Agencies say foster care demand soaring
MONTROSE — Private organizations that help municipalities connect children in need with foster care families and potential adoption homes are struggling in western Colorado.
Carrie Over works for Ariel Clinical Services, a private organization that helps local municipalities connect children in need with foster care families and potential adoption homes. She said she and her co-workers are having trouble meeting the demand.
“A lot of the burden is falling on our foster parents,” Over said. “And more and more, we are seeing foster families who have been given too much and want to quit.”
Over said that in addition to foster homes being overloaded, some children are ending up in families “that aren’t the best match.” But she and her co-workers said it’s better than nothing.
Drug abuse, mental illness, homelessness and domestic violence have increased demand for foster care services in Montrose, Mesa and Delta counties, the Montrose Daily Press reported (http://tinyurl.com/cs7y9cq ).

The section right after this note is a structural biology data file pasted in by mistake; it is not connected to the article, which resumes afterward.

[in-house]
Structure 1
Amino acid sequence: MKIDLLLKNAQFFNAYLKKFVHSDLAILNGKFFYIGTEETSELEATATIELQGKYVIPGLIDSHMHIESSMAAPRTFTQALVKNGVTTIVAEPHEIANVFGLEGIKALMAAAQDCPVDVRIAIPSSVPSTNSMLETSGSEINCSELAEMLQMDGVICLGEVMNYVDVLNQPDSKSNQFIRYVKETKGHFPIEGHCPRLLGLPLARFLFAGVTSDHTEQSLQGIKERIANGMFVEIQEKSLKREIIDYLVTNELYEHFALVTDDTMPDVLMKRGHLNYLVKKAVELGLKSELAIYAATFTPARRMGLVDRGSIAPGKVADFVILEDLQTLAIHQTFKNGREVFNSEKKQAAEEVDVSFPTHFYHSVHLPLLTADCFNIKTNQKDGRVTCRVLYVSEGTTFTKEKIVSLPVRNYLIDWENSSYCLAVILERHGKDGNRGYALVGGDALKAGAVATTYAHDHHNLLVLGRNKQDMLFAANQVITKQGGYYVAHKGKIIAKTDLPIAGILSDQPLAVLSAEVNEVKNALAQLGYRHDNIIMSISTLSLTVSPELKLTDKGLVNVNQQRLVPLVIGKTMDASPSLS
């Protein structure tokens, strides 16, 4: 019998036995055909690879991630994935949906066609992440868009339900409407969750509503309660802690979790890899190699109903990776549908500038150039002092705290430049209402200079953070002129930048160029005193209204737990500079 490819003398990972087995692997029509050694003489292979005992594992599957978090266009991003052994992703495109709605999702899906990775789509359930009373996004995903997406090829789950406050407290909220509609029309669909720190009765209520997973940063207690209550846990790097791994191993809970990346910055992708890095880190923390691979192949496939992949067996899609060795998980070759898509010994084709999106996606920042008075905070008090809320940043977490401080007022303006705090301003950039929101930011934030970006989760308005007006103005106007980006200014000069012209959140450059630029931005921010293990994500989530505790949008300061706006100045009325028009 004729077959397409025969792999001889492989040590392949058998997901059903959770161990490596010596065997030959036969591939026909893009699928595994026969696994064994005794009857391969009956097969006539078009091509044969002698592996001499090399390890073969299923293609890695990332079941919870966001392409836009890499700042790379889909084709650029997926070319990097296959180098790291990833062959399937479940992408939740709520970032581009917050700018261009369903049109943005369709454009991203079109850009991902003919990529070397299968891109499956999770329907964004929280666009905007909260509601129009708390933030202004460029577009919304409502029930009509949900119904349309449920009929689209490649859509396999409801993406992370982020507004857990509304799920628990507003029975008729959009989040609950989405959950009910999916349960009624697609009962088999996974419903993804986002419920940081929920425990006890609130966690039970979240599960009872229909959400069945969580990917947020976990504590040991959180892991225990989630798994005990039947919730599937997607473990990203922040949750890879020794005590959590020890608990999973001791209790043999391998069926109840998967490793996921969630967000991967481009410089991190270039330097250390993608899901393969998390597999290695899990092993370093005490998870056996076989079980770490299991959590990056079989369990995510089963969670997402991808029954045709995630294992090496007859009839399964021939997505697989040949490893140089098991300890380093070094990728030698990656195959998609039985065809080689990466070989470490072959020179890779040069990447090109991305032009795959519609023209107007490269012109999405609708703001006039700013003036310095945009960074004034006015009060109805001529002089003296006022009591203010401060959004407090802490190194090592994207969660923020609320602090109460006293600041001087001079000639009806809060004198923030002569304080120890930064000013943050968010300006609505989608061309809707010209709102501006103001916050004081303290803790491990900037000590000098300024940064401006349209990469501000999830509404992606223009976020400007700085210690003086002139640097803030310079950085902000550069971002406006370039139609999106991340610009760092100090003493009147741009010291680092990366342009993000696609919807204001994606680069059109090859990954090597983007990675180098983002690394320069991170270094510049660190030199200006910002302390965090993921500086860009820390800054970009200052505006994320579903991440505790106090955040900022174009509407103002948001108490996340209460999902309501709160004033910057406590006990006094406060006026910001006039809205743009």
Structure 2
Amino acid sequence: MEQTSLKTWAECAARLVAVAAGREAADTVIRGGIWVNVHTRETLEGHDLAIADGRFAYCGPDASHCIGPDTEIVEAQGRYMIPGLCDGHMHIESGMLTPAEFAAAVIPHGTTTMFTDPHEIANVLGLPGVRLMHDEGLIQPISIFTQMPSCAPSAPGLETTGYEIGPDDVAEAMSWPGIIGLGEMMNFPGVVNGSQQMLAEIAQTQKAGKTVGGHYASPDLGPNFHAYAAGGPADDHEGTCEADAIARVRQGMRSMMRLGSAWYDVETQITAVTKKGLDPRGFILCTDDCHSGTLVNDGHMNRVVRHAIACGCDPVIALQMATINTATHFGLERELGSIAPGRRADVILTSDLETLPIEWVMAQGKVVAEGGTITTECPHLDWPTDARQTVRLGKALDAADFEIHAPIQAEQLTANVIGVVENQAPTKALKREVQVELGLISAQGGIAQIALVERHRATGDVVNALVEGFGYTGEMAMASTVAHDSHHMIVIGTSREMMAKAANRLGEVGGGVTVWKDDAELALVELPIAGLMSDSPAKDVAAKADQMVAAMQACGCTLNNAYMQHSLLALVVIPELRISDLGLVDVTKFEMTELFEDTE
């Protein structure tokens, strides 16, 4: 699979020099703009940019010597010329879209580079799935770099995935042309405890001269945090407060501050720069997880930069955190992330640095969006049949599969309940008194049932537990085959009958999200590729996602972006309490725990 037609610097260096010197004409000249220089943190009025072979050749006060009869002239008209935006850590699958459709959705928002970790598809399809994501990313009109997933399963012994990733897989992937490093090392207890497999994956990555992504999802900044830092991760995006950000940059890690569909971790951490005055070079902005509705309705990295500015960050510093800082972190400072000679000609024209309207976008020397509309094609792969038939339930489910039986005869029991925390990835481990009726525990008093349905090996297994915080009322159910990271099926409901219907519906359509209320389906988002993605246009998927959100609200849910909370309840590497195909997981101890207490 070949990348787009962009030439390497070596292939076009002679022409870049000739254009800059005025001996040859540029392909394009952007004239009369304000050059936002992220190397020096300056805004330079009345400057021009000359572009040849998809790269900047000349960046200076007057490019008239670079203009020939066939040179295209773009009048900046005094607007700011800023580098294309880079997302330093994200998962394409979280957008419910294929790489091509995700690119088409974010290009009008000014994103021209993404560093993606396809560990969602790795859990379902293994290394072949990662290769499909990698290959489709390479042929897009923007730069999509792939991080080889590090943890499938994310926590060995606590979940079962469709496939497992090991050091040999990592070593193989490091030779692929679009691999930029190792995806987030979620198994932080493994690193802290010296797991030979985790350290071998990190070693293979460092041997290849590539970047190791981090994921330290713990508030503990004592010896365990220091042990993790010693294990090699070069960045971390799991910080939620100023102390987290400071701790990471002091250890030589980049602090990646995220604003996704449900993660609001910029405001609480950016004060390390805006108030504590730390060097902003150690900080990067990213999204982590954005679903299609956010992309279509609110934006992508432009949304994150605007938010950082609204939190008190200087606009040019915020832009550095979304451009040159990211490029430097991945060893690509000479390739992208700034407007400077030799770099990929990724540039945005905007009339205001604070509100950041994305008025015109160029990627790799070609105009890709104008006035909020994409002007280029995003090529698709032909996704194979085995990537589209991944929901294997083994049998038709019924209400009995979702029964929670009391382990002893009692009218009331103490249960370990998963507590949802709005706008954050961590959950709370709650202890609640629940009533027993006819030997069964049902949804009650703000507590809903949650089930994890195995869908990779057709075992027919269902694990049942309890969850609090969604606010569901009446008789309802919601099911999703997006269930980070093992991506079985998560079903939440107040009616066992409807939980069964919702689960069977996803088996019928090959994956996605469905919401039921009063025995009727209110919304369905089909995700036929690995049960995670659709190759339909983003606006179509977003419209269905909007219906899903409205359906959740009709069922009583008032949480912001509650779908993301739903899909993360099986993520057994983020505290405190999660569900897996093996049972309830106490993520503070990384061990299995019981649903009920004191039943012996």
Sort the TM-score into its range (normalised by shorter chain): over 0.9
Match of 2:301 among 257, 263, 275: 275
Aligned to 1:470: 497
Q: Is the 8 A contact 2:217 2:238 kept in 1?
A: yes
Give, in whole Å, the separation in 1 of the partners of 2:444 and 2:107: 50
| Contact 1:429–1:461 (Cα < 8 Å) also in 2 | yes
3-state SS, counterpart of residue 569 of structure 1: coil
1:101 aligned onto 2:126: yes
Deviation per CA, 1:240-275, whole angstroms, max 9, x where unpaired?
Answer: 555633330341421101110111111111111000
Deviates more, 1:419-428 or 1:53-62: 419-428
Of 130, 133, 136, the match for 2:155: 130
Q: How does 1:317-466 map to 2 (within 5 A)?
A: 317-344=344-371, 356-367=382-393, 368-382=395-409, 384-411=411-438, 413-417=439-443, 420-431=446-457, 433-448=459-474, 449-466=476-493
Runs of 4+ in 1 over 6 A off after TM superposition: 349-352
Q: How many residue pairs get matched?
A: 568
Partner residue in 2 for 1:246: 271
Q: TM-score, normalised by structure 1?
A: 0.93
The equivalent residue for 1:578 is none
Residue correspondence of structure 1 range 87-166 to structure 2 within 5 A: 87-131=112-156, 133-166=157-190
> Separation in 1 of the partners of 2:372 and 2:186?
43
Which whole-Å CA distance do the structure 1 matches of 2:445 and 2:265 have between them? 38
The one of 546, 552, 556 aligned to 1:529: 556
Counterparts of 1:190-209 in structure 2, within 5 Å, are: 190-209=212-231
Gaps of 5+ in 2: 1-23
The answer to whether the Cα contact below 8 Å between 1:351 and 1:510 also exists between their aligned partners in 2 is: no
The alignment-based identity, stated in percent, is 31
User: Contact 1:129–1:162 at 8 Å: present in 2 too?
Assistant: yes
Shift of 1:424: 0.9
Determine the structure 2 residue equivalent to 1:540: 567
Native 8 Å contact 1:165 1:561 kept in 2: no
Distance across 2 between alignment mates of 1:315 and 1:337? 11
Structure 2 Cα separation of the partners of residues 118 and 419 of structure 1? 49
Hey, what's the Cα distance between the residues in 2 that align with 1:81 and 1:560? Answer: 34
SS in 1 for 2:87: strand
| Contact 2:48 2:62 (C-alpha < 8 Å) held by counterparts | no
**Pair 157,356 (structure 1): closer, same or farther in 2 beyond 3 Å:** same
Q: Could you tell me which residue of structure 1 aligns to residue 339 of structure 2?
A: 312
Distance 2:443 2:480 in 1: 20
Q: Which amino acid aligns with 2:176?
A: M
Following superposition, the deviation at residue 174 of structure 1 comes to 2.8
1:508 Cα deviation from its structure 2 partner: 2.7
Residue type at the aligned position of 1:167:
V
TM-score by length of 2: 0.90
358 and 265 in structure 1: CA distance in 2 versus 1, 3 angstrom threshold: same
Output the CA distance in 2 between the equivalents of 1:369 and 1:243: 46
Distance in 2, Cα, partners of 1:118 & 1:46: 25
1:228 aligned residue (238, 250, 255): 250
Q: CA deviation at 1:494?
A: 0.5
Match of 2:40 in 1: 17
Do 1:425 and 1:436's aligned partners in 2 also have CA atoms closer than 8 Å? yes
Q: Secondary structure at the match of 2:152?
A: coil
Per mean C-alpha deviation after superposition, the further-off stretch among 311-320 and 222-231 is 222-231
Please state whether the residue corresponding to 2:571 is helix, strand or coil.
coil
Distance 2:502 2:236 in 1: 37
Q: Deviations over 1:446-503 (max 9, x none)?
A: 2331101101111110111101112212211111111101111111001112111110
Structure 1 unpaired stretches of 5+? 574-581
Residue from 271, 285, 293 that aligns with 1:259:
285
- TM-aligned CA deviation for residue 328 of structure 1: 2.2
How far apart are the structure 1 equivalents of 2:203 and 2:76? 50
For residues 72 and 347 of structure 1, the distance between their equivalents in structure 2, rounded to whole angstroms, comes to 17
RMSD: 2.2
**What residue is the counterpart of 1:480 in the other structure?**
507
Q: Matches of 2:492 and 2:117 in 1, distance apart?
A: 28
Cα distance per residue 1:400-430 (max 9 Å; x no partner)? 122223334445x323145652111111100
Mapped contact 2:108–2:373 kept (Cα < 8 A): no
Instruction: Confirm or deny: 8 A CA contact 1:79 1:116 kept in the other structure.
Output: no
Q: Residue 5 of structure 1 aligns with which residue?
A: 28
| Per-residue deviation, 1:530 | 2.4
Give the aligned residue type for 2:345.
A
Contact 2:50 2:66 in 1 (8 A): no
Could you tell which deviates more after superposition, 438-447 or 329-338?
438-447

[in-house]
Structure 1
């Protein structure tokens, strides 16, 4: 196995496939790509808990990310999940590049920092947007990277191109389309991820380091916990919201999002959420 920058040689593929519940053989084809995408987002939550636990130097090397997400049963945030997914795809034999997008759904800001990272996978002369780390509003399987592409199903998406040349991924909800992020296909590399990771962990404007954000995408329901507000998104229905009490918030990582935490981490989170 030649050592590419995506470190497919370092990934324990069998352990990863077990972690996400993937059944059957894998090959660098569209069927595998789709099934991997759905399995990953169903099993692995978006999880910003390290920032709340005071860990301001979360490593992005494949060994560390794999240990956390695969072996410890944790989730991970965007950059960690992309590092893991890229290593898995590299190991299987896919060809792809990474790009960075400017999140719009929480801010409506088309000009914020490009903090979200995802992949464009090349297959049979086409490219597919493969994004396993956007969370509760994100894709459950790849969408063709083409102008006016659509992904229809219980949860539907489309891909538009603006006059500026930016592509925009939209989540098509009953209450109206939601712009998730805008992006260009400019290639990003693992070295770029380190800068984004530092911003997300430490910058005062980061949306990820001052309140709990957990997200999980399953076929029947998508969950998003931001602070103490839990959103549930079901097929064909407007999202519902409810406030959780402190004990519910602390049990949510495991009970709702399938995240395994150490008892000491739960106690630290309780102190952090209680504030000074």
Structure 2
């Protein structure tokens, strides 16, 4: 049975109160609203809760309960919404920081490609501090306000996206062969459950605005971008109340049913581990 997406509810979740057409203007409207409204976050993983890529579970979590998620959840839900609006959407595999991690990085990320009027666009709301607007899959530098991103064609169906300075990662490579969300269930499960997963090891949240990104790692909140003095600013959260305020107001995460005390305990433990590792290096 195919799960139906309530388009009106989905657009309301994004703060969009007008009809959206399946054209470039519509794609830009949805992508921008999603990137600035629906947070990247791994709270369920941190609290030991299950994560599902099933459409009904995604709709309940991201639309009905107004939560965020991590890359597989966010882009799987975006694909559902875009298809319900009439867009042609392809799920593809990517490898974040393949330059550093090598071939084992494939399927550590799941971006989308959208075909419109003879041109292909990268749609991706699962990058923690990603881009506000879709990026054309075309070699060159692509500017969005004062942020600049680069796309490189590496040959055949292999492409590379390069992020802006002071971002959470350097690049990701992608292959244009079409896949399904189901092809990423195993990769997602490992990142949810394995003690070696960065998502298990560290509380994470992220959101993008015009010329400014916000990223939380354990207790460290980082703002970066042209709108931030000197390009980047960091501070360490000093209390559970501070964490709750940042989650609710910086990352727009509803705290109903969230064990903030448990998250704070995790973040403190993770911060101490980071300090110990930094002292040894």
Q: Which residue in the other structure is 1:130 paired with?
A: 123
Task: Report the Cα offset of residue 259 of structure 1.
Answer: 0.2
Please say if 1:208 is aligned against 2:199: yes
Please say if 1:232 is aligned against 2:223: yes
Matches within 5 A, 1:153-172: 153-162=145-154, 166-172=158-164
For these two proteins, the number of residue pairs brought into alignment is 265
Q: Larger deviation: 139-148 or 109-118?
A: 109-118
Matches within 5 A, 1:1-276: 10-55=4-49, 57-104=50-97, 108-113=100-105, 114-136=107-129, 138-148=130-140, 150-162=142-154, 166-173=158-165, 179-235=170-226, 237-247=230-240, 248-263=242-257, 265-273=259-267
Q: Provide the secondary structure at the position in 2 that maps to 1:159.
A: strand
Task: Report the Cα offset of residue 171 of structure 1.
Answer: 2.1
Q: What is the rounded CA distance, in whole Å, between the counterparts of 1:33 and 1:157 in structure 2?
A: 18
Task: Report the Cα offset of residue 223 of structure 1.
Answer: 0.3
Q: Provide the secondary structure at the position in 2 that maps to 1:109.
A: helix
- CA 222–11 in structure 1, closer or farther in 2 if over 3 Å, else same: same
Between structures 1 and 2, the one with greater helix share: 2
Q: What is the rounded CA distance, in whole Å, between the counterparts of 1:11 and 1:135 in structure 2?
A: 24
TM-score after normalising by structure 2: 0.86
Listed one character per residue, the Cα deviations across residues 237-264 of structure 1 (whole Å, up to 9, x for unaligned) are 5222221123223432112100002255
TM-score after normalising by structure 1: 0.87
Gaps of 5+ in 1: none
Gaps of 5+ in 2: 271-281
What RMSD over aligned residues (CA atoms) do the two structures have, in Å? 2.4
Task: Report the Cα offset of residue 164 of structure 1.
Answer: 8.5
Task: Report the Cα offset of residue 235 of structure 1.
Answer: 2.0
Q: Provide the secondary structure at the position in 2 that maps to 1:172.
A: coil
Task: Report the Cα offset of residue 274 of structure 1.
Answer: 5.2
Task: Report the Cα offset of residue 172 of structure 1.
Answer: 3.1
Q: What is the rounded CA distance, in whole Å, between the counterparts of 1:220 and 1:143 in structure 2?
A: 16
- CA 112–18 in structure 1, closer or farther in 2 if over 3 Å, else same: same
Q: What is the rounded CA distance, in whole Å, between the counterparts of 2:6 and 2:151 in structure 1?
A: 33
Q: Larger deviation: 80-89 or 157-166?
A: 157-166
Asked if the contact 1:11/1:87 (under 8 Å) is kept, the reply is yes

Jim Jackett, child welfare program manager for Montrose County, said he and 14 others in the department do their best to keep young people out of the foster-care cycle.
“Right now, there are approximately 90 children in the system in Montrose County,” Jackett said. “About 30 are not in their parents’ care but in the care of kin, and 60 are in our custody.”
“Our driving force is reunification,” Jackett said. “How can we take care of the problems within the family?”
Jackett said that is where the problems start. If a parent is deemed unable to care for the child or children by a court ruling, the next step is to look to extended family members, even trusted neighbors, to provide primary care.